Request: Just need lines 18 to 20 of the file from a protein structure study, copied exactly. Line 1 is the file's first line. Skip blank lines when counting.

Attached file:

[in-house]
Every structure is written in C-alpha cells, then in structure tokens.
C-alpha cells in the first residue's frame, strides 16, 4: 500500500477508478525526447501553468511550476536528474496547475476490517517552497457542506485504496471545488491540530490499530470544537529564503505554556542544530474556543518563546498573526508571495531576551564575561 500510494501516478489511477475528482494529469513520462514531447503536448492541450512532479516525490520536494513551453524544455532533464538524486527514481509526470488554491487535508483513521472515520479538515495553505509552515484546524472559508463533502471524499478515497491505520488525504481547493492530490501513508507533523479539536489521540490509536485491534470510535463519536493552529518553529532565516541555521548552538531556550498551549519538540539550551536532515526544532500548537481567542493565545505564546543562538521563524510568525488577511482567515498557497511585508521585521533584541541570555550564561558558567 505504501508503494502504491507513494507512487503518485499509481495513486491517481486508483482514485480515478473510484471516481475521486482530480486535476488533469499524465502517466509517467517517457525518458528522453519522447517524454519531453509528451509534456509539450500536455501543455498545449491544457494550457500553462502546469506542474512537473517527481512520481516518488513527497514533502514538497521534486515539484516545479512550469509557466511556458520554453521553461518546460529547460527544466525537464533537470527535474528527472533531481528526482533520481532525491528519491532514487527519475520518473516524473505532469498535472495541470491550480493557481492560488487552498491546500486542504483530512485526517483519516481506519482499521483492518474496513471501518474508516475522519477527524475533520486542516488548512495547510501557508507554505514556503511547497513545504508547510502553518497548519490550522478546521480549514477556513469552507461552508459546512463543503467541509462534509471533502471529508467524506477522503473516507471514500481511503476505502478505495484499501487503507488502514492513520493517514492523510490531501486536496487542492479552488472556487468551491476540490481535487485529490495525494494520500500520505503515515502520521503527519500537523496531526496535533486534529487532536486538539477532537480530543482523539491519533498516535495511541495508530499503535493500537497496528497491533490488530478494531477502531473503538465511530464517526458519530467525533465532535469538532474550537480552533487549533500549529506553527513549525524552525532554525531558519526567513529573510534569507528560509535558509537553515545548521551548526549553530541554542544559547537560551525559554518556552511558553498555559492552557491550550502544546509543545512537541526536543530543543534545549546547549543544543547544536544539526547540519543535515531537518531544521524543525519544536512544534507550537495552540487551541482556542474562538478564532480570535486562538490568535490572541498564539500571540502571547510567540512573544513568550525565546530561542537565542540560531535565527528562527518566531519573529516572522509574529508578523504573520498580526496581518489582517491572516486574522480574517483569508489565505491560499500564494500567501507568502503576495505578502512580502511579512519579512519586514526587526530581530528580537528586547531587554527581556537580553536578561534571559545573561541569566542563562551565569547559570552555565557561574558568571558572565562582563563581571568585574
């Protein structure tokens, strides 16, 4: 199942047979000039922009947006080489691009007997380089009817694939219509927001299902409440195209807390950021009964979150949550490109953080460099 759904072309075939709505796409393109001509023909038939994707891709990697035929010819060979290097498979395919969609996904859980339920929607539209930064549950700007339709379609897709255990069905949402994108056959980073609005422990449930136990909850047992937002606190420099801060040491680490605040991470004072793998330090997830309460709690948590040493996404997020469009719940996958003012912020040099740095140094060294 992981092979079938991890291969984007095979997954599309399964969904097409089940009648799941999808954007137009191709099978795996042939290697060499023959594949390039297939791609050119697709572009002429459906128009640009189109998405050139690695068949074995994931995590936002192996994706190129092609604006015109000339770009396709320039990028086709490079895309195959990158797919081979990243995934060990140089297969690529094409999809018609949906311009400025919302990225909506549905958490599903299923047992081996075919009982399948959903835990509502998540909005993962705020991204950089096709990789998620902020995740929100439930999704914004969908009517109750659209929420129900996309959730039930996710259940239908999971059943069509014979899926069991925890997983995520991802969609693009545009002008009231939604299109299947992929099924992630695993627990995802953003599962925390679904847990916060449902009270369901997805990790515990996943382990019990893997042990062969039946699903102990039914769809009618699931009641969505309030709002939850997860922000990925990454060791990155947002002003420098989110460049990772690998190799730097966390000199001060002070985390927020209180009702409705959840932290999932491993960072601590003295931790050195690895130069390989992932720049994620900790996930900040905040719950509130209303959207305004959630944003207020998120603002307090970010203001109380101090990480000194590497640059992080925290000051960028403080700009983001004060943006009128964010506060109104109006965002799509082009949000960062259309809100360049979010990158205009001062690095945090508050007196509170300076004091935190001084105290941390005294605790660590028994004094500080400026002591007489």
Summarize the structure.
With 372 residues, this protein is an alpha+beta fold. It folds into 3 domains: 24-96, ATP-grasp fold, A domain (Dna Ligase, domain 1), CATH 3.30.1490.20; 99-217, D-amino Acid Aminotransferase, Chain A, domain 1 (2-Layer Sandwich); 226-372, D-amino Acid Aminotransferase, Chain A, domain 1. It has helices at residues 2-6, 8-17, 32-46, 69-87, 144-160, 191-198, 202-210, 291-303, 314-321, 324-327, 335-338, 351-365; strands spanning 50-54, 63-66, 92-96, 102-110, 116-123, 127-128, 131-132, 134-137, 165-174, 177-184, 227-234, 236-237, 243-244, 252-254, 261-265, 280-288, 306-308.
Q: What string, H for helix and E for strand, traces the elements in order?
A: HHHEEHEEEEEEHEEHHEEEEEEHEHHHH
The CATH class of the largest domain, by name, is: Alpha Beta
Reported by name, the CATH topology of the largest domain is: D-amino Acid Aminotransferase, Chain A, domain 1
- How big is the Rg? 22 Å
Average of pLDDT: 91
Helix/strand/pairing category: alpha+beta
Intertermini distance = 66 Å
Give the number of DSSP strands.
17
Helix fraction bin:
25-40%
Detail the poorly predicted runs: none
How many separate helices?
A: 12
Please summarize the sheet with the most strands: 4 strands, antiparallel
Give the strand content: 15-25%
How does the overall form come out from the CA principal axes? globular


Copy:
25-40%
Detail the poorly predicted runs: none
How many separate helices?